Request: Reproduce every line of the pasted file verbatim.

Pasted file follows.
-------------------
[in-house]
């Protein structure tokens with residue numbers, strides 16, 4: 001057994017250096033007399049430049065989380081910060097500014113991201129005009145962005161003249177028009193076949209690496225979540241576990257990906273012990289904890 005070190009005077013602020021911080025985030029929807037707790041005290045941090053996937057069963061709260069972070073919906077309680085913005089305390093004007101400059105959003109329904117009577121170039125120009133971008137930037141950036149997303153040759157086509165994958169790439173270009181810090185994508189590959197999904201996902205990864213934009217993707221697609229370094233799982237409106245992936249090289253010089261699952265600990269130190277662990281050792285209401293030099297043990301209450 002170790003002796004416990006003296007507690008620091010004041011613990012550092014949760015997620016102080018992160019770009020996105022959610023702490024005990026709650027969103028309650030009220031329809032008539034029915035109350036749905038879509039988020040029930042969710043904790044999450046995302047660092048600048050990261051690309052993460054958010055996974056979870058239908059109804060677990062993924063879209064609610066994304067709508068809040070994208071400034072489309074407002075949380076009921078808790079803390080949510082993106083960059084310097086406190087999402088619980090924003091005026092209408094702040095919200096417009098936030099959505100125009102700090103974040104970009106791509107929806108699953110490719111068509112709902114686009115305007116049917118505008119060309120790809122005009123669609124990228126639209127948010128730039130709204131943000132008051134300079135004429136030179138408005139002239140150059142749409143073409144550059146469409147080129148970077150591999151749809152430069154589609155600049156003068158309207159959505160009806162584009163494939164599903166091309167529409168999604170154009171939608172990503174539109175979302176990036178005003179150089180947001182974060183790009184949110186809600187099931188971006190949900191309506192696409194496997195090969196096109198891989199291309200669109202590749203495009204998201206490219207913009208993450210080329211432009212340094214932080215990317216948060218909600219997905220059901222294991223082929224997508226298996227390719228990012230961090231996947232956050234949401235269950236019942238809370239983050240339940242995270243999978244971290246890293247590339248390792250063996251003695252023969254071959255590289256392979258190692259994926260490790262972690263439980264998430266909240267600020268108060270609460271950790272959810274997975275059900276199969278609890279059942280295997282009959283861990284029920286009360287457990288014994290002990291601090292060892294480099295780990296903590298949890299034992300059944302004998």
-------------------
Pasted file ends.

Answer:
[in-house]
């Protein structure tokens with residue numbers, strides 16, 4: 001057994017250096033007399049430049065989380081910060097500014113991201129005009145962005161003249177028009193076949209690496225979540241576990257990906273012990289904890 005070190009005077013602020021911080025985030029929807037707790041005290045941090053996937057069963061709260069972070073919906077309680085913005089305390093004007101400059105959003109329904117009577121170039125120009133971008137930037141950036149997303153040759157086509165994958169790439173270009181810090185994508189590959197999904201996902205990864213934009217993707221697609229370094233799982237409106245992936249090289253010089261699952265600990269130190277662990281050792285209401293030099297043990301209450 002170790003002796004416990006003296007507690008620091010004041011613990012550092014949760015997620016102080018992160019770009020996105022959610023702490024005990026709650027969103028309650030009220031329809032008539034029915035109350036749905038879509039988020040029930042969710043904790044999450046995302047660092048600048050990261051690309052993460054958010055996974056979870058239908059109804060677990062993924063879209064609610066994304067709508068809040070994208071400034072489309074407002075949380076009921078808790079803390080949510082993106083960059084310097086406190087999402088619980090924003091005026092209408094702040095919200096417009098936030099959505100125009102700090103974040104970009106791509107929806108699953110490719111068509112709902114686009115305007116049917118505008119060309120790809122005009123669609124990228126639209127948010128730039130709204131943000132008051134300079135004429136030179138408005139002239140150059142749409143073409144550059146469409147080129148970077150591999151749809152430069154589609155600049156003068158309207159959505160009806162584009163494939164599903166091309167529409168999604170154009171939608172990503174539109175979302176990036178005003179150089180947001182974060183790009184949110186809600187099931188971006190949900191309506192696409194496997195090969196096109198891989199291309200669109202590749203495009204998201206490219207913009208993450210080329211432009212340094214932080215990317216948060218909600219997905220059901222294991223082929224997508226298996227390719228990012230961090231996947232956050234949401235269950236019942238809370239983050240339940242995270243999978244971290246890293247590339248390792250063996251003695252023969254071959255590289256392979258190692259994926260490790262972690263439980264998430266909240267600020268108060270609460271950790272959810274997975275059900276199969278609890279059942280295997282009959283861990284029920286009360287457990288014994290002990291601090292060892294480099295780990296903590298949890299034992300059944302004998």